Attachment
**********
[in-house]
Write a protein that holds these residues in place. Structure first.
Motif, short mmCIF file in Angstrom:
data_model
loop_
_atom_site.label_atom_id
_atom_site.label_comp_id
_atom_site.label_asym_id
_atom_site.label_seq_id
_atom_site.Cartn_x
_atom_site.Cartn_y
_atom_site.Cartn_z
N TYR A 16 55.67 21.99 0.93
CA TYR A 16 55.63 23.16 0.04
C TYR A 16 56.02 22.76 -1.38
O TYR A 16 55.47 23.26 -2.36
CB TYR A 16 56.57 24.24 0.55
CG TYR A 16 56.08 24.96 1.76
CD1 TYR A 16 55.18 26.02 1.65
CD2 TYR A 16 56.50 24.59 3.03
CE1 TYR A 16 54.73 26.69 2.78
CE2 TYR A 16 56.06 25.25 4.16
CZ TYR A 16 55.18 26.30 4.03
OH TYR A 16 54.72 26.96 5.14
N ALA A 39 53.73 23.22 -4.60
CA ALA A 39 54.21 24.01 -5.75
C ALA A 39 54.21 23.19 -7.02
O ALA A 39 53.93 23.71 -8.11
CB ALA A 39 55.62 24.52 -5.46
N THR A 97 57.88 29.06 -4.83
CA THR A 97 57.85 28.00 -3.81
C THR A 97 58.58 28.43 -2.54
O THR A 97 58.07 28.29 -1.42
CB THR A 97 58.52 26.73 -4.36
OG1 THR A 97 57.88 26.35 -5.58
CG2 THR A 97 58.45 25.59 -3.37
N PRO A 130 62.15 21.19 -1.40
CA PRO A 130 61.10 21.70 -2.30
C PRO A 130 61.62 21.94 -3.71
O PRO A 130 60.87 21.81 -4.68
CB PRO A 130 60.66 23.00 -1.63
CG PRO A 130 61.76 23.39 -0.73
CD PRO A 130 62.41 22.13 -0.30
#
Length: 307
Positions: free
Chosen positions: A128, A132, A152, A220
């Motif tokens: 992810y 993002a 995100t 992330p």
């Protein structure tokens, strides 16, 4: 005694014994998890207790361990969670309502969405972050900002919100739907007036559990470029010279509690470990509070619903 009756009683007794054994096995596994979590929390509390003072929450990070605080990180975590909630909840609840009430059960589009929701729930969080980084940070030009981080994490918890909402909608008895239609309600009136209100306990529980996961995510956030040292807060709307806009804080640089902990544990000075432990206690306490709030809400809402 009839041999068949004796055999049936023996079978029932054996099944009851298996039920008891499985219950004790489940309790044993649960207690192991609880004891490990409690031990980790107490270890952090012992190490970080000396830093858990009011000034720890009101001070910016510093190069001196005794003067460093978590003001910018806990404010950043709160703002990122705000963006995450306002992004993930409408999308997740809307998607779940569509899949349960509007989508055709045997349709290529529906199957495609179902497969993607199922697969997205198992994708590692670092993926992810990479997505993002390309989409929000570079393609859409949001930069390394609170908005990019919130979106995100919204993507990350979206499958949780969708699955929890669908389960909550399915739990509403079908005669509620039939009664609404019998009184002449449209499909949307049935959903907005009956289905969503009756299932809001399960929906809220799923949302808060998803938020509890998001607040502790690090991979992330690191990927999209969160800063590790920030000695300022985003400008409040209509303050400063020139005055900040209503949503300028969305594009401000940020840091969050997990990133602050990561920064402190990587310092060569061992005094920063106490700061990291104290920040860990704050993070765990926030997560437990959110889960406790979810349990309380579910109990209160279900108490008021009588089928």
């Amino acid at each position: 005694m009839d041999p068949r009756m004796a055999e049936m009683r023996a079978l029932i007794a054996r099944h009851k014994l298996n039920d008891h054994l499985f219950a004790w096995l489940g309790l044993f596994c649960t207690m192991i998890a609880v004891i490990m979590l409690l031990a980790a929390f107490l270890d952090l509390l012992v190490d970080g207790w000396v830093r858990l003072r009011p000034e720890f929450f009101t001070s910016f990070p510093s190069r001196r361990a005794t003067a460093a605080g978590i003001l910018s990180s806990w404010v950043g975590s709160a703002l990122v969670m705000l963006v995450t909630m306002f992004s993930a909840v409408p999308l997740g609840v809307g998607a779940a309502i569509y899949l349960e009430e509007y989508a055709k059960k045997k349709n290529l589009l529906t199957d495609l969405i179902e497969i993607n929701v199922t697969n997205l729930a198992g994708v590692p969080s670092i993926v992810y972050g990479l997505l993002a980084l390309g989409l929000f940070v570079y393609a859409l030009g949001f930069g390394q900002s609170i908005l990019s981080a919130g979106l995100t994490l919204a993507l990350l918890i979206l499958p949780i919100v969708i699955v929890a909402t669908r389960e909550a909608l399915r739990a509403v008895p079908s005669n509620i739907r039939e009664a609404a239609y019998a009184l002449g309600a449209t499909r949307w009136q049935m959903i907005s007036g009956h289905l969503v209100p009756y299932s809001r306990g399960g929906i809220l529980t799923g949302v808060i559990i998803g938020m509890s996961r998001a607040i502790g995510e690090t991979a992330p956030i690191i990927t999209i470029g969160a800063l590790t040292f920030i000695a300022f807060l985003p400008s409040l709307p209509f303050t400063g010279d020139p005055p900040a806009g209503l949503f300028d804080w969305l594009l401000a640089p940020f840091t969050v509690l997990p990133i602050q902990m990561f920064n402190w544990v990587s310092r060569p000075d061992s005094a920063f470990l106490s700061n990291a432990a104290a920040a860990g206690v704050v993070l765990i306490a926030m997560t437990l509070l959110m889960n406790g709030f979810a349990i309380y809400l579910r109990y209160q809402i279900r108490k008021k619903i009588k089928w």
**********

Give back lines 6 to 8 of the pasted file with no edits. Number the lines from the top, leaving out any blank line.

_atom_site.label_atom_id
_atom_site.label_comp_id
_atom_site.label_asym_id